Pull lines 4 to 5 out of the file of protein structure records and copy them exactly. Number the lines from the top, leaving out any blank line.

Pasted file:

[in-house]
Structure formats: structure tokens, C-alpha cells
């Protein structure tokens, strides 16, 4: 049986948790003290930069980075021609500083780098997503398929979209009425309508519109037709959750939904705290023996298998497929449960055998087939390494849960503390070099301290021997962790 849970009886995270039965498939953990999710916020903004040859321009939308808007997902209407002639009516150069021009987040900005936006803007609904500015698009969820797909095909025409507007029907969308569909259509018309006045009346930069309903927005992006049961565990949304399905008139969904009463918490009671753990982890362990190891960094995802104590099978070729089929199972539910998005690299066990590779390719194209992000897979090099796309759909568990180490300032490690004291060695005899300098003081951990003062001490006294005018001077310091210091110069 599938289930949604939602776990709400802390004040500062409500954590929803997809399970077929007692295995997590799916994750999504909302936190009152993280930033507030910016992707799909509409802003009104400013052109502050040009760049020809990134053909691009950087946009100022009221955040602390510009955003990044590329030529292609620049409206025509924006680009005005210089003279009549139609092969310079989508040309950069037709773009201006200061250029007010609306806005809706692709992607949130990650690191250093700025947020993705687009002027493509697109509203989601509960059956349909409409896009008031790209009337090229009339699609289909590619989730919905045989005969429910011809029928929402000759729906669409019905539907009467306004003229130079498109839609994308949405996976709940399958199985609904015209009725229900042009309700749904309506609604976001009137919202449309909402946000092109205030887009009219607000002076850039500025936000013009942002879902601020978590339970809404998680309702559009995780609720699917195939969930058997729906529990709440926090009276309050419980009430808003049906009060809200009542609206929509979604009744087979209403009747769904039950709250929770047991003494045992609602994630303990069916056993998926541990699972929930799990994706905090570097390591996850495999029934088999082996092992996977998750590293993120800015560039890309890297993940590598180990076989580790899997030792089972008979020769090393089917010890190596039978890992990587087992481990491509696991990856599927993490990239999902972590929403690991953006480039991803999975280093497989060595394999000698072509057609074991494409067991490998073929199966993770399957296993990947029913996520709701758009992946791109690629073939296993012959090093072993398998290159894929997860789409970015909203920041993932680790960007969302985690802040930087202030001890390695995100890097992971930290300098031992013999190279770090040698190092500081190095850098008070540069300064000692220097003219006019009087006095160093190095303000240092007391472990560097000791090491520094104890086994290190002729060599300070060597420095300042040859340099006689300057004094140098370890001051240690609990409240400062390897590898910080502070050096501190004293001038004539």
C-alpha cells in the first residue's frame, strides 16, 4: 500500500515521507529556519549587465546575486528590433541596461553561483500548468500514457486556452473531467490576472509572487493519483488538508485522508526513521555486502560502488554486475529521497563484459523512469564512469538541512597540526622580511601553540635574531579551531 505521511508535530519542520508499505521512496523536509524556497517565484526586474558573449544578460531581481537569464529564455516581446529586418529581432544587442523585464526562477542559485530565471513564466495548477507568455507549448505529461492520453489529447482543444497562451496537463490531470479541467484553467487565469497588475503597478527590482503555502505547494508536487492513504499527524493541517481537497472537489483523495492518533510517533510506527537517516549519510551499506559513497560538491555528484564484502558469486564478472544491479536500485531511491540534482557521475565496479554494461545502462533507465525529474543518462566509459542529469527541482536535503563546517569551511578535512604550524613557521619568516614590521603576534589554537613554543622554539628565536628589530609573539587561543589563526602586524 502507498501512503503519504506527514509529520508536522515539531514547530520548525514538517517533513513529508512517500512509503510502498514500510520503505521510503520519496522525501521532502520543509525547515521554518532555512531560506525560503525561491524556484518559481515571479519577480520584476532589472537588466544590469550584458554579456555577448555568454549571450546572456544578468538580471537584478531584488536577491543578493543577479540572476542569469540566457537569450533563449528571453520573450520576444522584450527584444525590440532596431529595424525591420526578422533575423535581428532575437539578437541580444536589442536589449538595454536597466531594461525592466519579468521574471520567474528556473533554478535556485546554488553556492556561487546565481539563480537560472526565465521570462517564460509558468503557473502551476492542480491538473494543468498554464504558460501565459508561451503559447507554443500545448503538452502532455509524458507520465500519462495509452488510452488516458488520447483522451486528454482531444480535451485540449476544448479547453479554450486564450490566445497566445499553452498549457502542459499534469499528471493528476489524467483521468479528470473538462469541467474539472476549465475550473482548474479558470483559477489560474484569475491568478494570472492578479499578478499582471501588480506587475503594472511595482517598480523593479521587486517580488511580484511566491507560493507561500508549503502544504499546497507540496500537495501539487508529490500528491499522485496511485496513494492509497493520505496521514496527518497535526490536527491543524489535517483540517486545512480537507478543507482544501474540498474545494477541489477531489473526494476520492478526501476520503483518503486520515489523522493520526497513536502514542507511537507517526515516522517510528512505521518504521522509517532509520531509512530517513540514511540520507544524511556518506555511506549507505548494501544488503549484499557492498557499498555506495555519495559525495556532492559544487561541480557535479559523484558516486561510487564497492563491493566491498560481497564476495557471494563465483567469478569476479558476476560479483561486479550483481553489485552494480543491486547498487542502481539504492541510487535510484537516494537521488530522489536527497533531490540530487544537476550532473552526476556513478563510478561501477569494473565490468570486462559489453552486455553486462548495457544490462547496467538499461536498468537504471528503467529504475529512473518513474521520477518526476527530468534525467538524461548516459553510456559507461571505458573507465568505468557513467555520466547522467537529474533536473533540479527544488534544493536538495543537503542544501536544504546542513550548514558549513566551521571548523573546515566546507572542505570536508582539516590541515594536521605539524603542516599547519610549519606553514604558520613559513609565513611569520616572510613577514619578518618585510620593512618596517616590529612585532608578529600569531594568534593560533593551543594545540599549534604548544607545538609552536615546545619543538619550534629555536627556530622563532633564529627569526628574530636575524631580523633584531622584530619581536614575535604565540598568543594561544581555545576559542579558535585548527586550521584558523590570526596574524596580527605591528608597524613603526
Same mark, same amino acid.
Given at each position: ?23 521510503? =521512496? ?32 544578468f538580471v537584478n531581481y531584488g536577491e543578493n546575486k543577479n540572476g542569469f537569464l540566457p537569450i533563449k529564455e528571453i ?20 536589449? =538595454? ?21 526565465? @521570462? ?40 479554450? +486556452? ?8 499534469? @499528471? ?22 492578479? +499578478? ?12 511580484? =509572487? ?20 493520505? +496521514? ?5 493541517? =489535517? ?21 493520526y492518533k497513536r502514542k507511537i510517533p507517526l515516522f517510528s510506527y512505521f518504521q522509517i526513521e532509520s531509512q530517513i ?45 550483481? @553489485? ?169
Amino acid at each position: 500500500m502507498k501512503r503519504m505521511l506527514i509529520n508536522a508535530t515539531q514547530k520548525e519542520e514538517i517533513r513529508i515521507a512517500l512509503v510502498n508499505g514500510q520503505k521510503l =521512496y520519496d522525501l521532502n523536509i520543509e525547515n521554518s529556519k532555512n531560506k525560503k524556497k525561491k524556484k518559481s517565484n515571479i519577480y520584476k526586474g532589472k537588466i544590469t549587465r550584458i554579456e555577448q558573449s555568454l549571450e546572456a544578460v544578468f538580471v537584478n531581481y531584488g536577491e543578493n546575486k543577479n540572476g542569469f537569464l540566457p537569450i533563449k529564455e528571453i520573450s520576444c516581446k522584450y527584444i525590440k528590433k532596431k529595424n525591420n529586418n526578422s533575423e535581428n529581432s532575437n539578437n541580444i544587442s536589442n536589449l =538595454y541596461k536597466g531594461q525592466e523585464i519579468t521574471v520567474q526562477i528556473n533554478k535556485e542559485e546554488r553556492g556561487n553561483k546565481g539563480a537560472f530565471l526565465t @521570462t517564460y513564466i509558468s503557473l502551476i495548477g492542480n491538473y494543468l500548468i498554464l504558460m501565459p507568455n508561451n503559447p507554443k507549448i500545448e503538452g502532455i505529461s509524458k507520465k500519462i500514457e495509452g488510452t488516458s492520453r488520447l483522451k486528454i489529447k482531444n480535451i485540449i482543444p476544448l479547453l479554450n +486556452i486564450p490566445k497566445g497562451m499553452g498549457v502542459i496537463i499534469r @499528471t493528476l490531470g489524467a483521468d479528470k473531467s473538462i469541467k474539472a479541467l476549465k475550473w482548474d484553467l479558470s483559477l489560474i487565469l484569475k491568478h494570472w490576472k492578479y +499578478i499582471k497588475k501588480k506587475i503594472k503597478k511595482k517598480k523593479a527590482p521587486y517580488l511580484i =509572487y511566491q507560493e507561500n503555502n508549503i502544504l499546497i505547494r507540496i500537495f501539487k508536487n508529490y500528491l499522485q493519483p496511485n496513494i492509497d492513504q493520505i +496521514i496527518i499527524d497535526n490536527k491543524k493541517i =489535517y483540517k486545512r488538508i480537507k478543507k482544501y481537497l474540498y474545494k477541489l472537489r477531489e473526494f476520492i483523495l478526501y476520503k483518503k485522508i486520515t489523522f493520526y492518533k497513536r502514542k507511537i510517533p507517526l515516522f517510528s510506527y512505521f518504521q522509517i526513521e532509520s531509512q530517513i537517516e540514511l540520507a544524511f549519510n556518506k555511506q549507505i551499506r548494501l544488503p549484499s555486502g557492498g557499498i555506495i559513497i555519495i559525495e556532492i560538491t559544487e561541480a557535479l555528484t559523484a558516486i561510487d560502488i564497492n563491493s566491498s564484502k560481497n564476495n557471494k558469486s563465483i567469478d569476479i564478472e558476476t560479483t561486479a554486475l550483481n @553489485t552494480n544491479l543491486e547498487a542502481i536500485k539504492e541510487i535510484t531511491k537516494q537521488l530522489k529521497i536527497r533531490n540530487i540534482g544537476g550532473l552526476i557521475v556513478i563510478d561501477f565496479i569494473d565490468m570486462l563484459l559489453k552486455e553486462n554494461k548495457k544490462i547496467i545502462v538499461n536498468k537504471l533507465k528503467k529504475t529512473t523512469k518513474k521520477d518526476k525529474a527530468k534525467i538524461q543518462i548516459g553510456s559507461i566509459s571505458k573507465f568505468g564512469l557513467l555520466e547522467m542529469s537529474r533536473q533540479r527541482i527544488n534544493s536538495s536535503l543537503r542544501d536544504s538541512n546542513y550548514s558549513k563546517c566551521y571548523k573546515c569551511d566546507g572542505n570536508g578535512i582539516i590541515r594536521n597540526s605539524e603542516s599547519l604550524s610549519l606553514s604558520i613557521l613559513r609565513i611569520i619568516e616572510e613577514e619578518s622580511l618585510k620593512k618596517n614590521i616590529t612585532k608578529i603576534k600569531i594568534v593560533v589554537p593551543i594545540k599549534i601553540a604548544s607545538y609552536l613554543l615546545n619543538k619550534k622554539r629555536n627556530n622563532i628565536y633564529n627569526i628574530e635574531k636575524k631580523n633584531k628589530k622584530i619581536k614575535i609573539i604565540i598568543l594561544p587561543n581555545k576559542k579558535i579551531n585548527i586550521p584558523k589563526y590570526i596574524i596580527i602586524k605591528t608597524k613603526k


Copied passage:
C-alpha cells in the first residue's frame, strides 16, 4: 500500500515521507529556519549587465546575486528590433541596461553561483500548468500514457486556452473531467490576472509572487493519483488538508485522508526513521555486502560502488554486475529521497563484459523512469564512469538541512597540526622580511601553540635574531579551531 505521511508535530519542520508499505521512496523536509524556497517565484526586474558573449544578460531581481537569464529564455516581446529586418529581432544587442523585464526562477542559485530565471513564466495548477507568455507549448505529461492520453489529447482543444497562451496537463490531470479541467484553467487565469497588475503597478527590482503555502505547494508536487492513504499527524493541517481537497472537489483523495492518533510517533510506527537517516549519510551499506559513497560538491555528484564484502558469486564478472544491479536500485531511491540534482557521475565496479554494461545502462533507465525529474543518462566509459542529469527541482536535503563546517569551511578535512604550524613557521619568516614590521603576534589554537613554543622554539628565536628589530609573539587561543589563526602586524 502507498501512503503519504506527514509529520508536522515539531514547530520548525514538517517533513513529508512517500512509503510502498514500510520503505521510503520519496522525501521532502520543509525547515521554518532555512531560506525560503525561491524556484518559481515571479519577480520584476532589472537588466544590469550584458554579456555577448555568454549571450546572456544578468538580471537584478531584488536577491543578493543577479540572476542569469540566457537569450533563449528571453520573450520576444522584450527584444525590440532596431529595424525591420526578422533575423535581428532575437539578437541580444536589442536589449538595454536597466531594461525592466519579468521574471520567474528556473533554478535556485546554488553556492556561487546565481539563480537560472526565465521570462517564460509558468503557473502551476492542480491538473494543468498554464504558460501565459508561451503559447507554443500545448503538452502532455509524458507520465500519462495509452488510452488516458488520447483522451486528454482531444480535451485540449476544448479547453479554450486564450490566445497566445499553452498549457502542459499534469499528471493528476489524467483521468479528470473538462469541467474539472476549465475550473482548474479558470483559477489560474484569475491568478494570472492578479499578478499582471501588480506587475503594472511595482517598480523593479521587486517580488511580484511566491507560493507561500508549503502544504499546497507540496500537495501539487508529490500528491499522485496511485496513494492509497493520505496521514496527518497535526490536527491543524489535517483540517486545512480537507478543507482544501474540498474545494477541489477531489473526494476520492478526501476520503483518503486520515489523522493520526497513536502514542507511537507517526515516522517510528512505521518504521522509517532509520531509512530517513540514511540520507544524511556518506555511506549507505548494501544488503549484499557492498557499498555506495555519495559525495556532492559544487561541480557535479559523484558516486561510487564497492563491493566491498560481497564476495557471494563465483567469478569476479558476476560479483561486479550483481553489485552494480543491486547498487542502481539504492541510487535510484537516494537521488530522489536527497533531490540530487544537476550532473552526476556513478563510478561501477569494473565490468570486462559489453552486455553486462548495457544490462547496467538499461536498468537504471528503467529504475529512473518513474521520477518526476527530468534525467538524461548516459553510456559507461571505458573507465568505468557513467555520466547522467537529474533536473533540479527544488534544493536538495543537503542544501536544504546542513550548514558549513566551521571548523573546515566546507572542505570536508582539516590541515594536521605539524603542516599547519610549519606553514604558520613559513609565513611569520616572510613577514619578518618585510620593512618596517616590529612585532608578529600569531594568534593560533593551543594545540599549534604548544607545538609552536615546545619543538619550534629555536627556530622563532633564529627569526628574530636575524631580523633584531622584530619581536614575535604565540598568543594561544581555545576559542579558535585548527586550521584558523590570526596574524596580527605591528608597524613603526
Same mark, same amino acid.